During the recent Montreal Protocol meetings, China released the China Green Cooling Action Plan (CGCAP)—an initiative which sets priorities for the cooling related requirements for the country. These include energy efficiency standards for air conditioners for 2022 and 2030, promotion of R&D on climate friendly refrigerants, the replacement of old HVAC systems in public spaces and the encouragement of international cooperation to facilitate the goals of the Kigali amendment.

Similar to China, Rwanda has its own national level cooling strategy, the Rwanda Cooling Initiative. The country has been on the forefront of international climate action, in fact, Rwanda was instrumental in the creation of the Kigali amendment to the Montreal Protocol. The country’s initiative focuses on basic cooling strategies such as ventilation for indoor spaces to increase thermal comfort, energy efficiency standards for cooling devices such as air conditioners and providing farmers access to sustainable cooling facilities for agricultural produce. Not only will such measures improve the competitiveness of businesses, they will also improve the livelihoods of farmers who lose a significant share of their produce due to a lack of access to preservation or cooling facilities.

Realizing that addressing energy efficiency while phasing down HFCs would need additional financial support from mechanisms created at Montreal Protocol level and also through blended sources, NRDC has been working with stakeholders in developing these mechanisms for financing energy efficiency. At the 41st OEWG, NRDC presented the findings of what such mechanisms could look like and how these could be mobilized for financing energy efficiency, supplementing domestic sources. These mechanisms will also have a role to play as countries implement the strategies identified in their domestic plans.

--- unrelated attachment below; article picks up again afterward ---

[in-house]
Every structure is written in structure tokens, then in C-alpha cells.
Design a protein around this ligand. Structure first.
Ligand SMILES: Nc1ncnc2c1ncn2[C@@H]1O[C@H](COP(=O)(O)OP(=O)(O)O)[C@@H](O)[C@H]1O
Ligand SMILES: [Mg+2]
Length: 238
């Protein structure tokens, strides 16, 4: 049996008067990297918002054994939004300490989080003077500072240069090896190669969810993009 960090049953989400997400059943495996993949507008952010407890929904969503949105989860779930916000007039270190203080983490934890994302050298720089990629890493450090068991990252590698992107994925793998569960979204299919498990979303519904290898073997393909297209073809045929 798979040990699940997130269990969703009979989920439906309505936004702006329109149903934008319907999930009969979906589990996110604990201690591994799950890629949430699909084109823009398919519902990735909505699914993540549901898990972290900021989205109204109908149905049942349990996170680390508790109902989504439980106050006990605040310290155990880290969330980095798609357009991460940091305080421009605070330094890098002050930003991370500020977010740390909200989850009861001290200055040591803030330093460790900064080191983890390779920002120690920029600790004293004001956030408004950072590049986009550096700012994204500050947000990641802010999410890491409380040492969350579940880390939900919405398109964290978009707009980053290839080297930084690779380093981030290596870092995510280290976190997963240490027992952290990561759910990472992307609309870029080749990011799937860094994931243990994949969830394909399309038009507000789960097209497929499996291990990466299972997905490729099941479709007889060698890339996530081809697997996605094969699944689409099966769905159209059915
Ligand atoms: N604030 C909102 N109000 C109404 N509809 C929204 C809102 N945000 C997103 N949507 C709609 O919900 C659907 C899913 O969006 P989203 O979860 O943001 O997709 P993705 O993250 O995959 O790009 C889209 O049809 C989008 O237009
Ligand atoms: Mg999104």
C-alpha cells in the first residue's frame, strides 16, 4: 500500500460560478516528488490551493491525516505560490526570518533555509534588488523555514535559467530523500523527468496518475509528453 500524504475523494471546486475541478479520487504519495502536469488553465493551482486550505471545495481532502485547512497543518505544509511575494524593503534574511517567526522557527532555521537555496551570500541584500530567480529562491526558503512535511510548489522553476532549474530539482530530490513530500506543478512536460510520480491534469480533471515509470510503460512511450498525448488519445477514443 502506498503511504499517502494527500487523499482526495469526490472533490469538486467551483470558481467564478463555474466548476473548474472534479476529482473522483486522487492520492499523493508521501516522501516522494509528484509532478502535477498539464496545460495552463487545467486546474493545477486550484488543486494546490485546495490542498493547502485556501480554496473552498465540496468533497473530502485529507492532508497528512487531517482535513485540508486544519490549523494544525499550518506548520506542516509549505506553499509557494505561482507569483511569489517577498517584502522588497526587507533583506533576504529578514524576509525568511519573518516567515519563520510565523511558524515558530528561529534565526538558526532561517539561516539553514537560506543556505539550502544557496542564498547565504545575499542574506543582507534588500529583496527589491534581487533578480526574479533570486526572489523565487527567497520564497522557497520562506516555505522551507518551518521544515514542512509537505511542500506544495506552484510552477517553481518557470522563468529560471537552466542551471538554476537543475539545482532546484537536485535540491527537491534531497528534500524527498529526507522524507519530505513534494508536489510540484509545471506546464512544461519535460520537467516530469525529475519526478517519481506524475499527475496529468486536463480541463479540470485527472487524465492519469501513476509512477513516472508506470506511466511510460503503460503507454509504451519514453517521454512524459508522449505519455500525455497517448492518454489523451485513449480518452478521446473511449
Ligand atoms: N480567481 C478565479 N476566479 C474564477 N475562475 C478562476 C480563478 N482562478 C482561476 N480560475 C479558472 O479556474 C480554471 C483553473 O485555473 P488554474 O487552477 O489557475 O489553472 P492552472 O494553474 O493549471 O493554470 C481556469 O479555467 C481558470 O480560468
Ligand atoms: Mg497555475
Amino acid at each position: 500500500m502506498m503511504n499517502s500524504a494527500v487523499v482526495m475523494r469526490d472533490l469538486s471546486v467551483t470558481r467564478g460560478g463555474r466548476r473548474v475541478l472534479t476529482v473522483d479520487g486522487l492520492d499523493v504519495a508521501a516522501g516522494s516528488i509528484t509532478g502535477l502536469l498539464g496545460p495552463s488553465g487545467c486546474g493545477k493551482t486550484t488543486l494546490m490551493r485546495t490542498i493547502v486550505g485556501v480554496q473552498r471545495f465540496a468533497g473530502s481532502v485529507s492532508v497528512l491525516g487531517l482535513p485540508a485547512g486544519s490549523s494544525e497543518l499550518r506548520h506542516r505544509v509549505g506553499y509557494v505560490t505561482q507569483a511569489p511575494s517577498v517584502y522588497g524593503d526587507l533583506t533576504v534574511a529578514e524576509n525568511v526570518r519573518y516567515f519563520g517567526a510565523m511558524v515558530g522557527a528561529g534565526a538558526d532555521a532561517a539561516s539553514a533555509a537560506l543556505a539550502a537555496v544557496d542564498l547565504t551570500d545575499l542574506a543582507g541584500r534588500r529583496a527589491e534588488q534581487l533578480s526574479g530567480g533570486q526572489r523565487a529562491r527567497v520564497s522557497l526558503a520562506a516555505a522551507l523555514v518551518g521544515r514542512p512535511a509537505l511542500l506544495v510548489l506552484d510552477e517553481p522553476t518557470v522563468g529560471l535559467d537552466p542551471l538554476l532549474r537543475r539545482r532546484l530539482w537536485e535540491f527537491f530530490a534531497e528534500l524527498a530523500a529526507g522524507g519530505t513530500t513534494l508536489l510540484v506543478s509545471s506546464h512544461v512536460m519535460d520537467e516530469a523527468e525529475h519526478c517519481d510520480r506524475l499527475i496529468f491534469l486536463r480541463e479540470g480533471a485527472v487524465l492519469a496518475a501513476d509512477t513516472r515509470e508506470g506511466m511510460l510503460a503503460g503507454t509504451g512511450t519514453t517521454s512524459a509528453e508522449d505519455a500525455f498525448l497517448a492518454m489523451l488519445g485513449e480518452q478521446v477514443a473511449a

India Cooling Action Plan

India was the first country to adopt a plan with the India Cooling Action Plan (ICAP). The ICAP aims to achieve the goals of the Kigali Amendment through various efficiency measures and by reducing demand for cooling appliances. Specifically, the ICAP aims to reduce refrigerant demand by 25-30% by 2037, train and certify 100,000 servicing sector technicians by 2022-23 and reduce overall demand for cooling across sectors by 20-25%. Cool roofs are a central solution. Cool roofs reflect sunlight and keep indoor temperatures cool. Additional cooling solutions include energy efficiency building codes, research into more climate friendly refrigerants, addressing large servicing needs, and significant investments in cooling innovation. The ICAP, lead by MOEFCC, works to improve cooling and reduce cooling demand, while Heat Action Plans, lead by the National Disaster Management Authority are preparedness plans to protect local communities from extreme heat.

This week in India, stakeholders from government, civil society, industry, academia as well as bi-lateral, multilateral organizations and philanthropies are getting together to prioritize areas for facilitating the implementation of India’s Cooling Action Plan. The multi-sectoral approach will call for a multi-stakeholder action for the ICAP implementation—an essential element to cooling our overheating planet.  

Prima Madan leads NRDC cooling and efficiency work based as a consultant in New Delhi and Shabib Ansari is an NRDC-Stanback Duke Fellow with NRDC’s International Program.

About the Authors

Anjali Jaiswal

Senior Director, India, International Program